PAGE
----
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    You might consider teaching how to relax in a room full of people who are cutting and sewing with great success. One of the most difficult obstacles to overcome, for me, was to go at my own pace without being intimidated by the progress of other participants. (for what it is worth..)

  6. #31
    Super Member lass's Avatar
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    A simple four patch or snowball block for the first project would work. That was my first real quilt.

  7. #32
    Super Member mimee4's Avatar
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    Ideas - how to tell if the fabric is cotton or part poly. Safety - always, always, always close your rotary cutter. How to hold the ruler so that it doesn't slide. Cutting off the selvage.

  8. #33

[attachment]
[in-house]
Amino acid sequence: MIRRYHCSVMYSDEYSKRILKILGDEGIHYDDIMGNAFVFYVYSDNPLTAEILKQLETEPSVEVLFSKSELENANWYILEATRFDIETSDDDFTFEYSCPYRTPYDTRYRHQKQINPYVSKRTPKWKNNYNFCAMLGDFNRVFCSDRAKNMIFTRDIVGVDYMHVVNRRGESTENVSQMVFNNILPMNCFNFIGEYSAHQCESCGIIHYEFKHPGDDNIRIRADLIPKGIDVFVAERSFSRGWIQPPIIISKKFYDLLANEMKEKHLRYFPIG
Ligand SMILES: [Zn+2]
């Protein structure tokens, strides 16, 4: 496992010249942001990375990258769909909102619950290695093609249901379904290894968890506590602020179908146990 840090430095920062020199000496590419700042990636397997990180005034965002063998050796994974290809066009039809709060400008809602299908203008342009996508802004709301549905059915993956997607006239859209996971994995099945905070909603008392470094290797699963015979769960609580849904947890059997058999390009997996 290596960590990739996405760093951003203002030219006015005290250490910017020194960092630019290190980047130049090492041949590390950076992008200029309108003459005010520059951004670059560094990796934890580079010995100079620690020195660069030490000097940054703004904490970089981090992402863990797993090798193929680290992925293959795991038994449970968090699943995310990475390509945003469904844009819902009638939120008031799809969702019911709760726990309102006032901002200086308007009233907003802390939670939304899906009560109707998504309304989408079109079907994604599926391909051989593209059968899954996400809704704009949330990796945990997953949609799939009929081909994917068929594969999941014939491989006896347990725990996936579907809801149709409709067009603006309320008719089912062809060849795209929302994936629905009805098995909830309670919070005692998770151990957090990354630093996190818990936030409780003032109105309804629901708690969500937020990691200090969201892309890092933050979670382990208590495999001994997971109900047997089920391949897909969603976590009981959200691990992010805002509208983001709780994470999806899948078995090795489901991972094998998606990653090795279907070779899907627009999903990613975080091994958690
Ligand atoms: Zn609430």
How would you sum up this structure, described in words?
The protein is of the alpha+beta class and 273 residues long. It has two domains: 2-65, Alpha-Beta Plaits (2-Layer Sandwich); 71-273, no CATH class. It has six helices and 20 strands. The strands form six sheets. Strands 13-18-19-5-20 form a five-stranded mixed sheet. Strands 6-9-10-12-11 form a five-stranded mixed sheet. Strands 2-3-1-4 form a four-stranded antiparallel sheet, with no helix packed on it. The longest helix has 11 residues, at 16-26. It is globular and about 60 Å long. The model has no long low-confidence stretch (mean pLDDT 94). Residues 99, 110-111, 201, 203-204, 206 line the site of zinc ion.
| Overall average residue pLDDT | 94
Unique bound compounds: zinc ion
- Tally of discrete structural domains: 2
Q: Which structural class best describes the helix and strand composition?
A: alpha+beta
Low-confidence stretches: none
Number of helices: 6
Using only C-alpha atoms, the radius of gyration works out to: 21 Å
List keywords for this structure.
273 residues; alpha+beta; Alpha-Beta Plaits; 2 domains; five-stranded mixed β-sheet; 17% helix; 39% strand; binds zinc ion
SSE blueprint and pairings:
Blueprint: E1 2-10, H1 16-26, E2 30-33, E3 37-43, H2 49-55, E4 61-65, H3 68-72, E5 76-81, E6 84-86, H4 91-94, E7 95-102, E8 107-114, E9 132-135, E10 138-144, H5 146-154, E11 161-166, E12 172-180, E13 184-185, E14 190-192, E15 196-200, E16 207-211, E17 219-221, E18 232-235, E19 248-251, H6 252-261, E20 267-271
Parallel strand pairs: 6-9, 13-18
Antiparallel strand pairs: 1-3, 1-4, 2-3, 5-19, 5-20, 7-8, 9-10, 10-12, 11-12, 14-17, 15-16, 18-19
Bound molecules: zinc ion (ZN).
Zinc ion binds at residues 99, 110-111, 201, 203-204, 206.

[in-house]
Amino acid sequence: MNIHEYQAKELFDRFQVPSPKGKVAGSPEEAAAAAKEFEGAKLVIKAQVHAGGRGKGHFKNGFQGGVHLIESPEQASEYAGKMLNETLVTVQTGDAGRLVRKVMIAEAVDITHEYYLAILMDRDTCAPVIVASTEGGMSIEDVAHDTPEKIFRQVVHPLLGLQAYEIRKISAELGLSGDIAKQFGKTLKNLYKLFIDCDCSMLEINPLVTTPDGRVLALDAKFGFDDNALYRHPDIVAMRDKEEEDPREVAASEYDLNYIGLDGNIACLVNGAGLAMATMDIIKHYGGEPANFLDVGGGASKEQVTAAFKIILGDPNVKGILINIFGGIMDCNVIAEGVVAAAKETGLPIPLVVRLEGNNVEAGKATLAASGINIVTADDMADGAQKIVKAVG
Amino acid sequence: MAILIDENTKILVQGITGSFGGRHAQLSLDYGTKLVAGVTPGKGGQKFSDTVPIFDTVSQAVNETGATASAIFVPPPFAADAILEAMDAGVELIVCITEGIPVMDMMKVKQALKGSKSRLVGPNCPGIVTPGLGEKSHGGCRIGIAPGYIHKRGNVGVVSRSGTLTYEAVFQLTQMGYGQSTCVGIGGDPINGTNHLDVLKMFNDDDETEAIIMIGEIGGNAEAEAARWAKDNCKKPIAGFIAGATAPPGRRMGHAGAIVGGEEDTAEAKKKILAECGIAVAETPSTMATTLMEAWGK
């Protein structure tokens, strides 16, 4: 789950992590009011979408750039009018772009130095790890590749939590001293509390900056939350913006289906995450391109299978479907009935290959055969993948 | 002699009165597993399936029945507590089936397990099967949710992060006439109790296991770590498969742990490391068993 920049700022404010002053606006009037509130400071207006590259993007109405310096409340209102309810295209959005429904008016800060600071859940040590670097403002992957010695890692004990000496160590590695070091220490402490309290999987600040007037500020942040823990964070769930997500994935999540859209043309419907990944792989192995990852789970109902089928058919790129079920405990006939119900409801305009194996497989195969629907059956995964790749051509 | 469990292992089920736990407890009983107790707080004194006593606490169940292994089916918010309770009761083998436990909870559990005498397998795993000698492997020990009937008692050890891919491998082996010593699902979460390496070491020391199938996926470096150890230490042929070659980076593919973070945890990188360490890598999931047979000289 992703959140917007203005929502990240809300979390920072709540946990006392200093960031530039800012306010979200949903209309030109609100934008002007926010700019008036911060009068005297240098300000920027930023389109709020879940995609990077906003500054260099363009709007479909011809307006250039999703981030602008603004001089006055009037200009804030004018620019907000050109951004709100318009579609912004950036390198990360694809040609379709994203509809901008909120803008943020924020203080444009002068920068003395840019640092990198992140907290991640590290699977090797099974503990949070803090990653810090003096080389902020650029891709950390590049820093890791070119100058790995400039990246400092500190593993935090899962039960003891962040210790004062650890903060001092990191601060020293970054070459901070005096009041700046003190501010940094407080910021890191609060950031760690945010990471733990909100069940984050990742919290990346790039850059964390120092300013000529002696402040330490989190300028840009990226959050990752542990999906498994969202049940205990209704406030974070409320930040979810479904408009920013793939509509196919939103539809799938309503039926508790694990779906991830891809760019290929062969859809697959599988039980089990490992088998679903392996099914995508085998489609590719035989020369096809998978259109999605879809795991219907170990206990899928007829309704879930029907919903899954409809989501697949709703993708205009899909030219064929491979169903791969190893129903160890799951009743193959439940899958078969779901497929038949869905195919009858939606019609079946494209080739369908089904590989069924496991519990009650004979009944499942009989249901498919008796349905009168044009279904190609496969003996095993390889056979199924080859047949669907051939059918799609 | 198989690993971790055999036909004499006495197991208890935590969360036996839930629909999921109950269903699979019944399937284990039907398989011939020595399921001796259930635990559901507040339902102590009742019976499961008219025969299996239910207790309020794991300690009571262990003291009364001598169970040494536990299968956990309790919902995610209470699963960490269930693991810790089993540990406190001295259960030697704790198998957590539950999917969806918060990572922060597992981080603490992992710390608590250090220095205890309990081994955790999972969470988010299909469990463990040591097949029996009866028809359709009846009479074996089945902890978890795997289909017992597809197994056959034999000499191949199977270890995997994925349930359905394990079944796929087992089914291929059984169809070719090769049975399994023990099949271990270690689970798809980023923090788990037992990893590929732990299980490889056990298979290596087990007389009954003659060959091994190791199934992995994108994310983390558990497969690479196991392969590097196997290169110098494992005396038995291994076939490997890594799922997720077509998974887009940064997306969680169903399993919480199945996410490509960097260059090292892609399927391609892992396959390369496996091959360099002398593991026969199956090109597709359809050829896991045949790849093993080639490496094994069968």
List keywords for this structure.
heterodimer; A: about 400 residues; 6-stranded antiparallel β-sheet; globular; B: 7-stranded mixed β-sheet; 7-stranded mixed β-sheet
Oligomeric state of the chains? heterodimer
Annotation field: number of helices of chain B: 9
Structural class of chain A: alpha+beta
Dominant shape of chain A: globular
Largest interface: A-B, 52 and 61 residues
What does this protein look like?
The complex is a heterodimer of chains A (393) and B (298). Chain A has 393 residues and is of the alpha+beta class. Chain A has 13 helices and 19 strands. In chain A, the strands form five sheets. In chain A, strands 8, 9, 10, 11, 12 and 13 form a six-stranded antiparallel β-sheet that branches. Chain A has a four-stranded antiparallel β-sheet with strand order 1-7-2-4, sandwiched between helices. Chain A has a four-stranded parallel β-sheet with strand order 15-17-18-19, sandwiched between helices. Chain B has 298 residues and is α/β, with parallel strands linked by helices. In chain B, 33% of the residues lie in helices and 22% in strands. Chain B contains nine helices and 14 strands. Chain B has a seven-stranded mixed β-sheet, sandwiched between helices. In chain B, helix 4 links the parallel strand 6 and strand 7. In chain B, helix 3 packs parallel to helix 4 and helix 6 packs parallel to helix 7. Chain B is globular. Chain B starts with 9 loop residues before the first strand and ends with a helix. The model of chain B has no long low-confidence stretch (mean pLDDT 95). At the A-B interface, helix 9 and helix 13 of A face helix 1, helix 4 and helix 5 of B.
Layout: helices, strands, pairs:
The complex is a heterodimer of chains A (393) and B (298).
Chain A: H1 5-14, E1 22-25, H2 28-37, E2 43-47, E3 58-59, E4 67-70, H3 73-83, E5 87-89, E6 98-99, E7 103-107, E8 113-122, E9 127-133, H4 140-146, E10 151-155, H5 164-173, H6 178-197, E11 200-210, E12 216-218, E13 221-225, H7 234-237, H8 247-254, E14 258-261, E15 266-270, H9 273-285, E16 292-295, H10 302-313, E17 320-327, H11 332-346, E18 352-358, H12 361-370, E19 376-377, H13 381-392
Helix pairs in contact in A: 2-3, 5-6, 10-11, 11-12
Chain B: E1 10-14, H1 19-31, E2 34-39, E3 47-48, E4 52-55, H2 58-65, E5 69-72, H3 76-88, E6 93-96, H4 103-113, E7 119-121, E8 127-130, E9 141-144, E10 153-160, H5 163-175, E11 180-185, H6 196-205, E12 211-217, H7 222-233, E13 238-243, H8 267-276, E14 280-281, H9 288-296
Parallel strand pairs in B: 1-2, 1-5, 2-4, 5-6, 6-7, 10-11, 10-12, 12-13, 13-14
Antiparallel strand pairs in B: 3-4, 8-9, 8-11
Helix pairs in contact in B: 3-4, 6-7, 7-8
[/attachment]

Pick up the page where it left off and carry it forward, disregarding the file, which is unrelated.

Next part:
Senior Member Johanna Fritz's Avatar
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    I teach a basic (if you have 6 classes - make 6 blocks - wall hanging) sampler class. By picking a nine patch to start, then something simple with a HST (usually Shoo Fly), Goose tracks, Ohio Star (for QST), one drunkard's path (for curves) and then a sunbonnet sue etc for basic applique. Teaching one block per month (week or whatever), you will cover rotary cutting, tips, etc. Then you can cover binding and prep for quilting at the end. Good luck.

  9. #34
    Junior Member Toni-in-Texas's Avatar
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    Personally, I think the rail fence is a perfect beginner's project. It was the first class I took and after she showed us how to do a four-patch, she taught us the rail fence and that was so much easier. It's a good one to learn rotary cutting and sewing 1/4" seams, too. Plus, even if you do mess up a little the overall design covers minor flaws. Plus only having three main colors, it doesn't overwhelm the beginner with decisions.